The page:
The Wide Finder Project is an informal parallel programming competition where the task is to compute web site statistcs from a 218-million line access log. Each entry will be benchmarked on a Sun T2000 with support for 32 hardware threads, giving lots of opportunities for parallel processing.
What makes this really interesting is that the project is not only about performance, but rather about writing code that scales to many CPU cores with as little extra programmer effort as possible. Some results are already in, with OCaml currently in the lead performance-wise.
Each log line looks something like this:
www.example.com – – [17/Jun/2007:21:37:17 -0700] “GET /ongoing/ongoing.atom HTTP/1.1” 304 – – “-” “Mozilla/5.0 (Windows; U; Windows NT 5.1; en-US; rv:18.104.22.168) Gecko/20070515 Firefox/22.214.171.124
Eager to bring the performance lead back to C++ where it belongs I started out writing my own implementation using QtConcurrent and the other Qt APIs. Briefly explained, the code uses QtConcurrent::mappedReduced to multi-thread the code, and then QByteArray::split() twice to iterate over each word in each line. The current version computes the number of hits for each page.
Results: (parsing 100K lines on an 8-core 2.8 GHz Mac Pro)
1.6X speedup.. not too bad.
1 second slower that the single-threaded version.. this does not bode well.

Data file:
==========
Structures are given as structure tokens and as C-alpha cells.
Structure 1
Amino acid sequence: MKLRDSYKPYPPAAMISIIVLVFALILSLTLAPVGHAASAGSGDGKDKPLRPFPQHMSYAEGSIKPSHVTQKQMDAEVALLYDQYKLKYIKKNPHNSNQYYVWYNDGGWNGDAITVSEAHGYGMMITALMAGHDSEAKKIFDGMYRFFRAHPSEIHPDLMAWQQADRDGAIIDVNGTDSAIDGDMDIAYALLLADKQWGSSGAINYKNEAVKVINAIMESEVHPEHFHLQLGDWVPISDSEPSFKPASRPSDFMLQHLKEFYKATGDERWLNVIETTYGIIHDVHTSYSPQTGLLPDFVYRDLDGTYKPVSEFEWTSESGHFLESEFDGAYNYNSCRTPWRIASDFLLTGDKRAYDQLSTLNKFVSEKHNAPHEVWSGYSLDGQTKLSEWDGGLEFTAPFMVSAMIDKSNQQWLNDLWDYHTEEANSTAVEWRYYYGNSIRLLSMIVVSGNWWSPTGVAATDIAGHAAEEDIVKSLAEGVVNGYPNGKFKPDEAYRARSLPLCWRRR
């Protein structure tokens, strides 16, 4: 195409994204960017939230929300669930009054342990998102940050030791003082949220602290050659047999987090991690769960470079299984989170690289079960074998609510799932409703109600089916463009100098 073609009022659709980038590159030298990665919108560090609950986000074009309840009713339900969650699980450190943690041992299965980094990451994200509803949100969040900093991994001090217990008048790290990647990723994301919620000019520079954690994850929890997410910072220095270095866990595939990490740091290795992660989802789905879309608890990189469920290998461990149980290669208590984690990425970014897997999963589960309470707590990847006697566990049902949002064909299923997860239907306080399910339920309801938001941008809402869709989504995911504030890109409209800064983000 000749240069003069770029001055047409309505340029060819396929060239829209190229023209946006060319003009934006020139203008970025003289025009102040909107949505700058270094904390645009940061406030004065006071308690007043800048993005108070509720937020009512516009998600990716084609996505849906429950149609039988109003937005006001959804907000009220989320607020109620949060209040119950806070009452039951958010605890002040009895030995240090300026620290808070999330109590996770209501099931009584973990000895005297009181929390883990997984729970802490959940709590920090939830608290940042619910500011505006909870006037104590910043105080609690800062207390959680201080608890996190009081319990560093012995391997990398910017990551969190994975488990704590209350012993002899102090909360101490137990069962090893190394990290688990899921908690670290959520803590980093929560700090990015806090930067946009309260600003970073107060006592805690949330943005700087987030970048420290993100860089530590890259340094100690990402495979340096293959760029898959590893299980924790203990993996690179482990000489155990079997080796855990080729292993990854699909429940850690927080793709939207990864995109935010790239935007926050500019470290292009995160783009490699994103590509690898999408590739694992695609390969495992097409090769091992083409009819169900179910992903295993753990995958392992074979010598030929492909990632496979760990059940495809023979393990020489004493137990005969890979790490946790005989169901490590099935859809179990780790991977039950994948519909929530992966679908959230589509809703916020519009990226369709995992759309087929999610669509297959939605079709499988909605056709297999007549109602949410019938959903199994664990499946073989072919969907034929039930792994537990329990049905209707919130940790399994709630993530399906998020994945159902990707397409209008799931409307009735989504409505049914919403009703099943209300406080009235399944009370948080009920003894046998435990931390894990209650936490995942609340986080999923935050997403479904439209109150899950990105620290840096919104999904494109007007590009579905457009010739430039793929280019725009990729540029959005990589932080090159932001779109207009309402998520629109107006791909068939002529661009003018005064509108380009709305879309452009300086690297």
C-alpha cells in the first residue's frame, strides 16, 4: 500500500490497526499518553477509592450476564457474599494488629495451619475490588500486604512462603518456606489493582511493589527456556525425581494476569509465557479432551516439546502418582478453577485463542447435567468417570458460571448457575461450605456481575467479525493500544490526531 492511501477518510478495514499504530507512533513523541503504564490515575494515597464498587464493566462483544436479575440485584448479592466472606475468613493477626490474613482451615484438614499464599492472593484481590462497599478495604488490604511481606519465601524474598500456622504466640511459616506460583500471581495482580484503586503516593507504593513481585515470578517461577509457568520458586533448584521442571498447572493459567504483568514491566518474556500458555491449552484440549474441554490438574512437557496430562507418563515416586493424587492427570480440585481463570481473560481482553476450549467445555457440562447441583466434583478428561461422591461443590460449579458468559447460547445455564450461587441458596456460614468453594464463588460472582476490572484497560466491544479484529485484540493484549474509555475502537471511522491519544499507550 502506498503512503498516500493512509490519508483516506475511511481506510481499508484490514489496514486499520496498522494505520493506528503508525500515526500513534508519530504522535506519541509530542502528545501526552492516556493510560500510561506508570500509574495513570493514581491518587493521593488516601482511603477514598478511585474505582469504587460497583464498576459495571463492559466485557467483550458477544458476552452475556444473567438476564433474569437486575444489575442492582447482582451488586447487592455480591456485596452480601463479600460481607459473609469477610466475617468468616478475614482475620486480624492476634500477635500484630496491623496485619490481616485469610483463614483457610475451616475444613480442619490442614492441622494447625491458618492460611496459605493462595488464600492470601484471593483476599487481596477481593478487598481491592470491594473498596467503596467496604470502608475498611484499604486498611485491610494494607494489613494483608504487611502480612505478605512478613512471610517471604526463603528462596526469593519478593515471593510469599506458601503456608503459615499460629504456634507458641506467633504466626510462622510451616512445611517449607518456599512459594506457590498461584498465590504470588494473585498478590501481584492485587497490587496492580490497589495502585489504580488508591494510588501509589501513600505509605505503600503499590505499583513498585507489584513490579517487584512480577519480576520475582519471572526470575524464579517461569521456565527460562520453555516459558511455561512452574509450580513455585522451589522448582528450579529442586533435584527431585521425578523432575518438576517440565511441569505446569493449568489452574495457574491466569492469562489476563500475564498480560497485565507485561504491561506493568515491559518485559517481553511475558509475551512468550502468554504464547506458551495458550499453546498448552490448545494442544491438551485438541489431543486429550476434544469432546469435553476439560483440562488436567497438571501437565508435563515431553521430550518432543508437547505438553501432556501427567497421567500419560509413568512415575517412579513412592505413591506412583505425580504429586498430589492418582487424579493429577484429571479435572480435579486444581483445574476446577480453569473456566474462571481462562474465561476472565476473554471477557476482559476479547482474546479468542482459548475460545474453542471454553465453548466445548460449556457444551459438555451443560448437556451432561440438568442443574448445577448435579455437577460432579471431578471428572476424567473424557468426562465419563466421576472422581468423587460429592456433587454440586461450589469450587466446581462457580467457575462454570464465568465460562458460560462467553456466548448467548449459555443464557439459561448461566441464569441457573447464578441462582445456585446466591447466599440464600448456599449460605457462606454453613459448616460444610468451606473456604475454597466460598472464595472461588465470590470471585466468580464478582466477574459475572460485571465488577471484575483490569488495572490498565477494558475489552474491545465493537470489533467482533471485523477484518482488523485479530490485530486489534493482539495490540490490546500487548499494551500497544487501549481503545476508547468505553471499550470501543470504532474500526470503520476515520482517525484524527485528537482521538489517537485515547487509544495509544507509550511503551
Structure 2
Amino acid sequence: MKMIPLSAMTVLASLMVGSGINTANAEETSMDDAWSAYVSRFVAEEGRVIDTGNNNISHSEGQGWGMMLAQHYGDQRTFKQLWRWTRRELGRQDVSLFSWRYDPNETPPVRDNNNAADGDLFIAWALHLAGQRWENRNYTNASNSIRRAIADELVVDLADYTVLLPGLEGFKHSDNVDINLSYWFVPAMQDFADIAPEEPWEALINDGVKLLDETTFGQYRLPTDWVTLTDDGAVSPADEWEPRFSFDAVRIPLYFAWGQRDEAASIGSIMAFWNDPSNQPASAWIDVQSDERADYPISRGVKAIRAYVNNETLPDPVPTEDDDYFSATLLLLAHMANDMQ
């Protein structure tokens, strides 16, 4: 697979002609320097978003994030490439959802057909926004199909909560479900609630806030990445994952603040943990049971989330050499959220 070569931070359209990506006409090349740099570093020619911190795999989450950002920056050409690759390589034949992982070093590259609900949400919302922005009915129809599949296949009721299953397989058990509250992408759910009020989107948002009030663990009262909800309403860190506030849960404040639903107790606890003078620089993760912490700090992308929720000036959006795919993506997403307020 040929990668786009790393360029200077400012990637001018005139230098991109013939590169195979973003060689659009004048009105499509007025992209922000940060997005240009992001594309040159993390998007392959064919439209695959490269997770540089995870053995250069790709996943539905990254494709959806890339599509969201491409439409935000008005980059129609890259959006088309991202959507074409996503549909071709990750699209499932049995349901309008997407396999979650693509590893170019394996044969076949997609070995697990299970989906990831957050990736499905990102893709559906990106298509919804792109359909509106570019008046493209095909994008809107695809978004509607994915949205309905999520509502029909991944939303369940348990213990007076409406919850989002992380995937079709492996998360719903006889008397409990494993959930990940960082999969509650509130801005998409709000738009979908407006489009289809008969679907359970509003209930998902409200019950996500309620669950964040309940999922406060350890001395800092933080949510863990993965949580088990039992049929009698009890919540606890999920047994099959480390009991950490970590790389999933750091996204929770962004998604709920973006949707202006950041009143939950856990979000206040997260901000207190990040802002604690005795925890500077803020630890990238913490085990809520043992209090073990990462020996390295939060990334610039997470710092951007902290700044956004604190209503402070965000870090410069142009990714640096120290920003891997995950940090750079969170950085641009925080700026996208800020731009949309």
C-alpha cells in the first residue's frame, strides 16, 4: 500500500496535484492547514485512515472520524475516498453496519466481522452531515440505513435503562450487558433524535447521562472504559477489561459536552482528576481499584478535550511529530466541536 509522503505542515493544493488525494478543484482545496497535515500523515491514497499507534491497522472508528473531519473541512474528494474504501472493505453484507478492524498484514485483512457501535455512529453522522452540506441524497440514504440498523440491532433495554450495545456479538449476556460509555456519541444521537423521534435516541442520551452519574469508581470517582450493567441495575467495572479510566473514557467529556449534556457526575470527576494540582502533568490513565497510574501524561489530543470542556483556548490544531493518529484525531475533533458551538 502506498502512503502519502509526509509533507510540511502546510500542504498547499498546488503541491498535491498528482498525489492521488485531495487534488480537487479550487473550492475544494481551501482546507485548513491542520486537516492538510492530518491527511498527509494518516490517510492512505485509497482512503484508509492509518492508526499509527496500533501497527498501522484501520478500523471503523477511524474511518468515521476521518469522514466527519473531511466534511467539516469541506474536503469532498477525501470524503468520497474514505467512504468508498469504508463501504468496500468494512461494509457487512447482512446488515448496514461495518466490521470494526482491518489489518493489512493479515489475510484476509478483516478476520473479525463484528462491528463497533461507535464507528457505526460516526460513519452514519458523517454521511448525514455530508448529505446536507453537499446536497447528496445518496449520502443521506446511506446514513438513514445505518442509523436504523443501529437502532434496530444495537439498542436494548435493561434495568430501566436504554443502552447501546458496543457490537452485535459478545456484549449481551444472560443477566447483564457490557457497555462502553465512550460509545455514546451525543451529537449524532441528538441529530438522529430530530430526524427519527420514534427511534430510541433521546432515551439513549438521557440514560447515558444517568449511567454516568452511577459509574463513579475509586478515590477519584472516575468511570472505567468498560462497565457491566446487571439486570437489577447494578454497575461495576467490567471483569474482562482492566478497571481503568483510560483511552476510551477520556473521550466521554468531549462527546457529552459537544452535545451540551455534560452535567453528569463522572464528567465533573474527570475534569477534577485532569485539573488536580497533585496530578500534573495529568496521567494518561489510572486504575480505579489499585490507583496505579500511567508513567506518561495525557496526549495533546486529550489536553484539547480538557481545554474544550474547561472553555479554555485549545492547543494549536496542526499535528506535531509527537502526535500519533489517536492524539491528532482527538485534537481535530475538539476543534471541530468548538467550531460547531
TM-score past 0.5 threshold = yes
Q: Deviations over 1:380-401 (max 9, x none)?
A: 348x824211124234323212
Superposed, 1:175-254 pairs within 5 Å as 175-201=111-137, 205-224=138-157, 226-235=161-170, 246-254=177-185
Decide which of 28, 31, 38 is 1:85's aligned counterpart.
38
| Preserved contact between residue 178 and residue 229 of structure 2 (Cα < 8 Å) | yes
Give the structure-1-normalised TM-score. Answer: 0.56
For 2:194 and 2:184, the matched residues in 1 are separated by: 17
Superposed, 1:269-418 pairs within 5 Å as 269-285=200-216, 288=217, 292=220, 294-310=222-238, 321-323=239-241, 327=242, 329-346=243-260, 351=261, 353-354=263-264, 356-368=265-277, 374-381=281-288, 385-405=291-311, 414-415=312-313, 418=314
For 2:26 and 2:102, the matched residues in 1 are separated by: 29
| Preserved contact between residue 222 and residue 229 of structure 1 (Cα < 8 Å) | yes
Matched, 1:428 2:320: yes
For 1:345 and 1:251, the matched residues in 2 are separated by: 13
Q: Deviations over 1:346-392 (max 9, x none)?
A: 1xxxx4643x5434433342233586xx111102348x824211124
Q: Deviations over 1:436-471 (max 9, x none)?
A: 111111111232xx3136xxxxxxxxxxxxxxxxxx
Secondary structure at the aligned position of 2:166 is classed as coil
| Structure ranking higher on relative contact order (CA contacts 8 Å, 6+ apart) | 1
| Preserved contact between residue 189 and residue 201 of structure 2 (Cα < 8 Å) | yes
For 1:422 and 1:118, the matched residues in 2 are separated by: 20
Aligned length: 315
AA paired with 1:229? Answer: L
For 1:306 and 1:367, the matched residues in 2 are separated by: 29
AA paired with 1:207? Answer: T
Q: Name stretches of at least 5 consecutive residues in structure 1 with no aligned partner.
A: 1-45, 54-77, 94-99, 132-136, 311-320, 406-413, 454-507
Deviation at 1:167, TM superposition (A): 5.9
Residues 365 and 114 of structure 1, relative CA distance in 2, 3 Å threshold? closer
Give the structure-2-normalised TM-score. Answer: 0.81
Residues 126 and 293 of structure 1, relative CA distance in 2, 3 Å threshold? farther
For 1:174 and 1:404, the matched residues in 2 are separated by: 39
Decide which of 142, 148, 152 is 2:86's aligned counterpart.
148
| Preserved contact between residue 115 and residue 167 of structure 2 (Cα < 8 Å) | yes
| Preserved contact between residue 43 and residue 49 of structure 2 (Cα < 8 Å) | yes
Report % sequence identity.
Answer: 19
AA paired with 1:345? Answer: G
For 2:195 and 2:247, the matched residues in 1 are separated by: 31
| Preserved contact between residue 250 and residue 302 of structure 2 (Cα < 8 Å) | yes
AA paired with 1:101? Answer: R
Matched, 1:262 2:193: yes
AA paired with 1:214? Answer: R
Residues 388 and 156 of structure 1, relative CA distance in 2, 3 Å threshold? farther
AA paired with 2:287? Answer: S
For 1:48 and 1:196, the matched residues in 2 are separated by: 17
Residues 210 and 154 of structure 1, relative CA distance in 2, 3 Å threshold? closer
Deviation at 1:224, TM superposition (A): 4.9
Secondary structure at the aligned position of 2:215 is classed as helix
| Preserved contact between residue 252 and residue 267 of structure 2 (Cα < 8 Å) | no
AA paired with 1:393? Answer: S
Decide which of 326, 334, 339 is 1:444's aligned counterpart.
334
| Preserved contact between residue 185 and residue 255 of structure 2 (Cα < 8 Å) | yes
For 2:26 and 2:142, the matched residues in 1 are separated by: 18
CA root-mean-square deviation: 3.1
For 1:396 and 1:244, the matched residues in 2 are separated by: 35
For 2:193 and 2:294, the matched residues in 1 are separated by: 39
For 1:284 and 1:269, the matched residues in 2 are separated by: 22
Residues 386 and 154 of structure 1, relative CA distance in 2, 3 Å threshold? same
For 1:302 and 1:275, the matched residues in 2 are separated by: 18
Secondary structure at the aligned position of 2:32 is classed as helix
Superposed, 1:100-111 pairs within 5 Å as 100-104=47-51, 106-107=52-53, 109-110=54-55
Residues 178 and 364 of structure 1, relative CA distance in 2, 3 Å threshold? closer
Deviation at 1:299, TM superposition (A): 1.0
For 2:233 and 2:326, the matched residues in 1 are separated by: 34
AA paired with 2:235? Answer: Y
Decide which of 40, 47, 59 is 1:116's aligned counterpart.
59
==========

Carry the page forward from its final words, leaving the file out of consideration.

Seven seconds! We get a nice linear scaling of the run-time as we increase the number of threads, but unfortunately in the wrong direction. The program us spending a lot of user time doing something though, so let’s run it through Shark and see what’s going on:
80% in a spin-lock used by malloc/free. But who is calling malloc that much?
Aha.. QByteArray::split(). While being a very convenient API, split() was clearly not designed for heavy parsing like this. Still, I’d like a less catastrophic impact on the run-time when adding threads, even if the program really is calling malloc/free to often. Let’s try with the ptmalloc memory allocator instead:
ptmalloc is used in GNU/Linux though the GNU C library and scales much better on multicore systems. The program itself still does not scale beyond 4 threads, but it does not get significantly worse either when adding threads. I guess it’s debatable whether or not this is qualifies as a bug in the Darwin memory allocator, but at least ptmalloc shows that it is possible to do better.
That’s all for now 🙂 For the next installment I’ll try to get better scaling, at the expense of increasing the developer effort.